How is the lockdown affecting informal traders and spaza shop owners?
South Africans are currently going through a 21-day lockdown in an attempt to curb the spread of COVID-19.
As a result, sweeping travel and social gathering restrictions have been rolled out across the country.
Last Thursday, Cooperative Governance and Traditional Affairs Minister Nkosazana Dlamini-Zuma said informal food traders were now allowed to trade.
However, informal traders must obtain a permit from their councillors before setting up shop.
Eusebius McKaiser facilitates a discussion these new relaxed regulations on informal traders with University of Pretoria development studies lecturer Marc Wegerif, fresh produce street food trader Mpho Vele, Somali Association of South Africa National and Western Cape deputy-director Abdikadir Mohamed.
Informal trading sector is worth over R4 billion and employs more people that our formal trading sector. It contributes towards food security as it makes food more accessible to poorer people.Marc Wegerif, Development studies lecturer - University of Pretoria
The lockdown came into effect but didn't include informal traders, he says.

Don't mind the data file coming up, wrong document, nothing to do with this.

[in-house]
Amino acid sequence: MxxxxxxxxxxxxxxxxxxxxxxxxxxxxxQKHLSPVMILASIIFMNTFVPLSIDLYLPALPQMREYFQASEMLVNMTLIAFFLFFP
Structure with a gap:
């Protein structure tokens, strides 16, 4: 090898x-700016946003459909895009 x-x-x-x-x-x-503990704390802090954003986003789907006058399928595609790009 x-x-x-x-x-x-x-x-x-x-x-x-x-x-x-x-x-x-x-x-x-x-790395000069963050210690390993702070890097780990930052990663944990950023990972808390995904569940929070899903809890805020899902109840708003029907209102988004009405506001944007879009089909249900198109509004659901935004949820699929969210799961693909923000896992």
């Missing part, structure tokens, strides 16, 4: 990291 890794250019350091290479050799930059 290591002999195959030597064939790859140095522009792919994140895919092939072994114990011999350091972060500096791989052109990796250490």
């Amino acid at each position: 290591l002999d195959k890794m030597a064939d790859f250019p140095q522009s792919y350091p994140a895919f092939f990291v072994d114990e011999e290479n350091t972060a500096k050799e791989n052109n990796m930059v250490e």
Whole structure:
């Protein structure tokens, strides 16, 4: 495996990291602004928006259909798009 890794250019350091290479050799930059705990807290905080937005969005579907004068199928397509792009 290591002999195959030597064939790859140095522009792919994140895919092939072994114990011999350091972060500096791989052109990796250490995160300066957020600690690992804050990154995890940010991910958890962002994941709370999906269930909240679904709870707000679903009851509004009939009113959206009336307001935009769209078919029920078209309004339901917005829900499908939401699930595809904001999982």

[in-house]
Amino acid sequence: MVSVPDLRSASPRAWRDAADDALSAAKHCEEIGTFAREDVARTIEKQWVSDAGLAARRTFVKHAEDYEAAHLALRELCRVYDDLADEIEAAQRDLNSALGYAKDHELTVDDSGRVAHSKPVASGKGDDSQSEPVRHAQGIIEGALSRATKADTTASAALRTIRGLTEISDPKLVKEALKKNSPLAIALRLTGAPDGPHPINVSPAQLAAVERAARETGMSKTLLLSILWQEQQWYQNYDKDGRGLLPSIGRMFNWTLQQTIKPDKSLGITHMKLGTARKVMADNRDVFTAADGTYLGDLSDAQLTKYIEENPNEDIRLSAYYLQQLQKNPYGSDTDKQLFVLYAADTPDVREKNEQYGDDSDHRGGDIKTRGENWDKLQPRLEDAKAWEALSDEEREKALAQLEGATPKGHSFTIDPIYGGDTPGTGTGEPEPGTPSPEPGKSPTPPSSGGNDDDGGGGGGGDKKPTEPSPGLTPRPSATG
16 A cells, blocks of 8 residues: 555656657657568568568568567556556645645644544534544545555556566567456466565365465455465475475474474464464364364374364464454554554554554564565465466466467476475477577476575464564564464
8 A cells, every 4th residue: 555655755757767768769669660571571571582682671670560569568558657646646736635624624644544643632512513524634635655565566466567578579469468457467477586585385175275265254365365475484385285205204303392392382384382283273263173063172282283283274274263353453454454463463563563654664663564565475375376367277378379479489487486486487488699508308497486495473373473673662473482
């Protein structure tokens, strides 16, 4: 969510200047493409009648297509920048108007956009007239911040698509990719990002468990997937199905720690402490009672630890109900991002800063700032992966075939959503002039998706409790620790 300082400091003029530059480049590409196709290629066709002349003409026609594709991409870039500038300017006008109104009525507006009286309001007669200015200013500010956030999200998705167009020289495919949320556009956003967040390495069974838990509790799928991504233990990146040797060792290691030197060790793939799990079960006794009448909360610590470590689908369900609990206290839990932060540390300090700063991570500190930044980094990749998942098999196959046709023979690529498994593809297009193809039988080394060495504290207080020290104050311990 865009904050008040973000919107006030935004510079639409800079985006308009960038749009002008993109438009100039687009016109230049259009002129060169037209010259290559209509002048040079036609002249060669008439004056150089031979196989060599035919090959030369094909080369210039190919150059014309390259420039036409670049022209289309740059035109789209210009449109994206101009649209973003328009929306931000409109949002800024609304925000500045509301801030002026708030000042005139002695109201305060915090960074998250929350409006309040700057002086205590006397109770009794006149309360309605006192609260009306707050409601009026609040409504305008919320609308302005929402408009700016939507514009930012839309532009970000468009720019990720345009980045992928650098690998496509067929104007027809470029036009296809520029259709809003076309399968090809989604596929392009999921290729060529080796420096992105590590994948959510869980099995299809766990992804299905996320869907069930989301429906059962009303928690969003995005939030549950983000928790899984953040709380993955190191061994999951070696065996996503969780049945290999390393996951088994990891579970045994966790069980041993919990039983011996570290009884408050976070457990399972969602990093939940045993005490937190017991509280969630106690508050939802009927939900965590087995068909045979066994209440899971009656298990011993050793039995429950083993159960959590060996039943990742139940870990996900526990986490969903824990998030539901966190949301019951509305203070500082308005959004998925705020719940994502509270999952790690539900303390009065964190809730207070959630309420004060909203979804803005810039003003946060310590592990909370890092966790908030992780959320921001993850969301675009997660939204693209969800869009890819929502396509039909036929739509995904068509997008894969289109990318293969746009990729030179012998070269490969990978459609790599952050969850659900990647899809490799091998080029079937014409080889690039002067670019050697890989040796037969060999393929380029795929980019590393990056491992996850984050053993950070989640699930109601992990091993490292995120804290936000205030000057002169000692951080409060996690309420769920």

Overnight hundreds and thousands of people were put out of business which was a disruption to food supply. We have to congratulate the government for responding quickly and relaxing regulations on informal traders. I am not against the lockdown, it is about how we make the lockdown work.Marc Wegerif, Development studies lecturer - University of Pretoria
Vele says he works in the Johannesburg CBD and sells vegetables and fruits and says the lockdown is killing her business.
The money we make is used to support our children and the lockdown has impacted badly on my business.Mpho Vele, Fresh produce street food trader
Mohamed says members of his organisation have faced a lot of challenges during the lockdown.
Listen below to the full conversation:
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